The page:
Tuesday, September 8, 2009

Shop Class as Soulcraft: Crawford's critique of modern work

I have summarized the main points in Crawford's critique of the nature of the modern working world below, with some of my own commentary. To help guide discussion, I would like to propose a few questions:

1) What do you make of his argument that truly understanding how things work in the world requires getting one's hands dirty, so to speak? Does this idea apply only to manual labor or to other fields as well?

2) Does college really serve much of a function today besides socializing people to be "good workers", as Crawford argues, or does it continue to educate students into being good citizens and well-rounded human beings as well? If you have attended college or are currently in college, does his criticism reflect your experience as a college student?

3) If you are or have been a white-collar knowledge worker, has your working life been impacted by the threat of outsourcing/offshoring or the process of degradation that Crawford describes? If so, how?

4) Is there a relationship between the degradation of work as Crawford sees it and the state of our polity and culture? What might some of the broader social effects of a degraded working life be?

5) What do you make of Crawford's critique of consumerism?

Feel free to comment on my commentary as well.


For Crawford, the central problem of modernity is a struggle for individual agency, that is, the capacity of human beings to have some sort of control over the things that have the biggest impact on their lives. Work definitely falls into this category, as we spend most of our waking hours engaged in it, preparing for it, and recovering from it. But the nature of the modern world constantly undermines this goal. “Both as workers and as consumers, we feel we move in channels that have been projected from afar by vast impersonal forces,” Crawford observes. “We worry that we are becoming stupider, and begin to wonder if getting an adequate grasp on the world, intellectually, depends on getting a handle on it in some literal and active sense.”

Because many of us in advanced capitalist countries are engaged in occupations that don’t involve the production of any tangible, material goods, we often don’t know exactly what is expected from us in our work or what its larger purpose is, and this situation can create serious psychological and social trauma. As Crawford observes of young people entering the working world, “the college student interviews for a job as a knowledge worker, and finds that the corporate recruiter never asks him about his grades and doesn’t care what he majored in. He senses that what is demanded of him is not knowledge but rather that he project a certain kind of personality, an affable complaisance. Is all his hard work in school somehow just for show – his ticket to a Potemkin meritocracy? There seems to be a mismatch between form and content, and a growing sense that the official story we’ve been telling ourselves about work is somehow false.”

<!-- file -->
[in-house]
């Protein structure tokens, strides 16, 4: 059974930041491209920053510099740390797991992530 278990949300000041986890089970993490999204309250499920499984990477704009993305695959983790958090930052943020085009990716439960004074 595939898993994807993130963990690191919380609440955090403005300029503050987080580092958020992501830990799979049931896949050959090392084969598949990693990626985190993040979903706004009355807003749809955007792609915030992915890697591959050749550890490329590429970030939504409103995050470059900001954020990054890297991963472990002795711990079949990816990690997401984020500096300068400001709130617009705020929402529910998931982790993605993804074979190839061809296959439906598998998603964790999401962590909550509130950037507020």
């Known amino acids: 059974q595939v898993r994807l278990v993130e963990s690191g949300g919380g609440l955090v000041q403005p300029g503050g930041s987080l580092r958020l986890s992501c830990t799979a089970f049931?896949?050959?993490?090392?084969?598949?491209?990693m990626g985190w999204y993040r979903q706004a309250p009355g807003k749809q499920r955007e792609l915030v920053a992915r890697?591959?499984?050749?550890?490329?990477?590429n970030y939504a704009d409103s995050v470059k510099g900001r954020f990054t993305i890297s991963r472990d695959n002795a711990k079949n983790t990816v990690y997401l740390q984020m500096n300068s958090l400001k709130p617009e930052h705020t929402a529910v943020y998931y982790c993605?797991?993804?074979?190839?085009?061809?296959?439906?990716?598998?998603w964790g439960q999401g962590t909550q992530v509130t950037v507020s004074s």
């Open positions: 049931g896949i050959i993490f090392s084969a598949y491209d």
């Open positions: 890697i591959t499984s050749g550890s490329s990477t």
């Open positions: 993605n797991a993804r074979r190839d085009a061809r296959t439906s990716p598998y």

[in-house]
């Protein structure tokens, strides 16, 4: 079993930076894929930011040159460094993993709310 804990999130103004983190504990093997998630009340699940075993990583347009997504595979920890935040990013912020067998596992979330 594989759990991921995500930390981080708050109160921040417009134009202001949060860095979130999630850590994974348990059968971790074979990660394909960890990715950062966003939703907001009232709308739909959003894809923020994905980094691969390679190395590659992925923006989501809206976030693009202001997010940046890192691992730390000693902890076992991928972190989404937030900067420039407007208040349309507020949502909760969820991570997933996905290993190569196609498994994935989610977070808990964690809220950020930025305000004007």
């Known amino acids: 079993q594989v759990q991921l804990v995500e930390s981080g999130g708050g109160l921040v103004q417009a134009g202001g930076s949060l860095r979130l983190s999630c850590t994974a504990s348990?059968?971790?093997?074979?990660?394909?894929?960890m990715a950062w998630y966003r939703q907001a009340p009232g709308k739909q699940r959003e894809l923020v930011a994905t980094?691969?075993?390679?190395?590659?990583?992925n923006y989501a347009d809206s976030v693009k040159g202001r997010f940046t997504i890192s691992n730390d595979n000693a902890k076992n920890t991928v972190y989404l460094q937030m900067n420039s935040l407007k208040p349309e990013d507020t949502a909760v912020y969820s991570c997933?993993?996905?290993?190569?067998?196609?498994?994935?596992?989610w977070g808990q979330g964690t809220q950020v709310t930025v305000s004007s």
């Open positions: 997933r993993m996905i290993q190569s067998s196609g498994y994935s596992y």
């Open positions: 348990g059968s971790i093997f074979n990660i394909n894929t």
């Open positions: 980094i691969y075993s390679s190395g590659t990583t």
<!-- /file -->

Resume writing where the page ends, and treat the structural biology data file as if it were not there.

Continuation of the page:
For decades, we have been told by supposed experts that to avoid a life of mindless toil and the possibility of deskilling and offshoring, pursuit of a college education and a white-collar, “knowledge work” is necessary. But scientific innovation has made any job that can possibly be done remotely through advanced communications technology subject to export and to relentless deskilling and degradation, not just blue-collar manufacturing work. Somewhat surprisingly for a conservative, Crawford draws on the work of Marxist economic historian Harry Braverman to analyze the way capitalist industrialization has effected the separation of thinking from doing wherever possible and to provide caution to those who don’t see the value of work that can’t be outsourced or deskilled. “If you need a deck built, or your car fixed, the Chinese are of no help, Crawford notes impishly, “because they are in China.”

Paradoxically, by promoting a vision of liberation from responsibility through technologically mediated production on one hand and rampant, compensatory consumerism on the other, contemporary society actually makes us less free by subordinating us to the power of the market. As Crawford argues, “the activity of giving form to things seems increasingly the business of a collectivized mind, and from the standpoint of any particular individual, it feels like this forming has already taken place, somewhere else… But because the field of options generated by market forces maps a collective consciousness, the consumer’s vaunted freedom within it might be understood as a tyranny of the majority that he has internalized.” If anything, the critique of commodity fetishism advanced by Marx one hundred and fifty years ago and echoed here by Crawford has only become more relevant and terrifying.

All this has a literally demoralizing effect on working people, and educates us into a certain way of looking at the world and our jobs. “Degraded work entails not just dumbing down but also a certain unintended moral reeducation…We have all had the experience of dealing with a service provider who seems to have been reduced to a script-reading automaton. We have also heard the complaints of employers about not being able to find conscientious workers. Are these two facts perhaps related? There seems to be a vicious circle in which degraded work plays a pedagogical role, forming workers into material that is ill-suited for anything but the overdetermined world of careless labor.” Needless to say, this moral and intellectual degradation makes many of us ill-suited to participate fully and effectively as citizens in a supposedly democratic society that is less responsive to the needs of its people as it becomes increasingly dominated by corporate power.

1 comment:

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